The United States government has rejected a proposal by United Nations members to cede its control of the Internet’s root servers to international governance, an announcement that has increased criticism among developing nations before November’s World Summit on the Information Society in Tunisia.
Tunisia joins China, Brazil, Iran, India, Russia, and Saudi Arabia as one of the chief critics of the United States government’s insistence upon maintaining the role of “steward” of the Internet.
Many of these countries, however, are not without their share of criticism in the matter, as many feel their thoughts on the matter are moot until they address their own issues of Internet censorship and tight Web regulations.
Reporters Without Borders (RSF) is one such organization especially critical of China and Iran, for their history of human rights abuses that have extended to online realms. Recently RSF blasted the UN’s decision to hold the upcoming summit in Tunisia, where freedom of speech and press are limited.
In a statement to the UN, RSF said the decision to host an Internet summit in “a country that imprisons people for using the Internet…is beyond comprehension,” a poignant detail many feel is an excellent example why the UN should not be granted any regulatory control.
This is one of many reasons the United States Department of Commerce has no interest in divesting regulatory control of the 13 root servers the government spent years and copious amounts of money developing. The US government has yet to even cede control to its own Internet Corporation for Assigned Names and Numbers (ICANN), an organization it created for that purpose in 1998.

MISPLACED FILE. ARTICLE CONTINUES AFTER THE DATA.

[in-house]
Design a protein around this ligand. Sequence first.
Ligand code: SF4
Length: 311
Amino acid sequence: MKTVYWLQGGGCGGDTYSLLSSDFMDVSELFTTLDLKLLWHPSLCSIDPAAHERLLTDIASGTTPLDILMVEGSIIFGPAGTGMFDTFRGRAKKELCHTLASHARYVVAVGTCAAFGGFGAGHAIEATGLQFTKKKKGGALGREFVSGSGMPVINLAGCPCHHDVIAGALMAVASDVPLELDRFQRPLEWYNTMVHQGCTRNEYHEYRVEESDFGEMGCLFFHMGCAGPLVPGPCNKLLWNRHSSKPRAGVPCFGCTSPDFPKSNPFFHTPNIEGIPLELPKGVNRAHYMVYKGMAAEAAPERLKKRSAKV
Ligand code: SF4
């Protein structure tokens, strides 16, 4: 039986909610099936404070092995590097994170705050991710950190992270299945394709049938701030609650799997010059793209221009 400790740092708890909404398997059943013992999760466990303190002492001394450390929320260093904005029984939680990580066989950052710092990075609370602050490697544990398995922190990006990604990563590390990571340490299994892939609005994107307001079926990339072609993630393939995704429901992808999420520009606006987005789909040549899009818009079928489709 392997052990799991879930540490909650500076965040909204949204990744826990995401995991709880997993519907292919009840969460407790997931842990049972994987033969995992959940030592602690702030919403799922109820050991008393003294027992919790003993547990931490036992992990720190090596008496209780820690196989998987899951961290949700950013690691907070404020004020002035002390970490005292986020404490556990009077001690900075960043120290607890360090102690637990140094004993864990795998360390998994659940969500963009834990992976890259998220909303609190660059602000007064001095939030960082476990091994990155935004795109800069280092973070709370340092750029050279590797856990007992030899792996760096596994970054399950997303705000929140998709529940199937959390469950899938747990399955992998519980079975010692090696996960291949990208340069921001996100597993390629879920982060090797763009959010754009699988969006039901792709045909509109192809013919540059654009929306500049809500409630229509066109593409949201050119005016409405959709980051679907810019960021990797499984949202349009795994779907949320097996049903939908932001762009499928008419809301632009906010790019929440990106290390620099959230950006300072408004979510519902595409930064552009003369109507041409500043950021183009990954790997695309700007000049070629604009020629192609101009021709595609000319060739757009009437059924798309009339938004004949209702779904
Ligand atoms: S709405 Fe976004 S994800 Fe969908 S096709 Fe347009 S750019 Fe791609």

Michael D. Gallagher, assistant secretary for communications and information at the Commerce Department, outlined four principles guiding US control over the Internet, the first of which addresses the government’s commitment to ensuring the stability and security of the Web.
Releasing regulatory control of the Internet to an intergovernmental body poses a number of implications the US government is uncomfortable with, one of which may be construed as a decrease in sovereignty, as shifting this control would lessen US strength as a global power.
The main objection, however, as voiced by Gallagher, is an apparent commitment to ensuring that the Internet be driven by the private sector, rather than by governmental influence. That is, unless, that governmental influence is from the government that financed the endeavor to begin with.
But David Gross, the State Dept.’s coordinator for international communications and information policy, has for sealed the issue with a few pointed words.
"We will not agree to the U.N. taking over the management of the Internet," he said Thursday. "Some countries want that. We think that's unacceptable."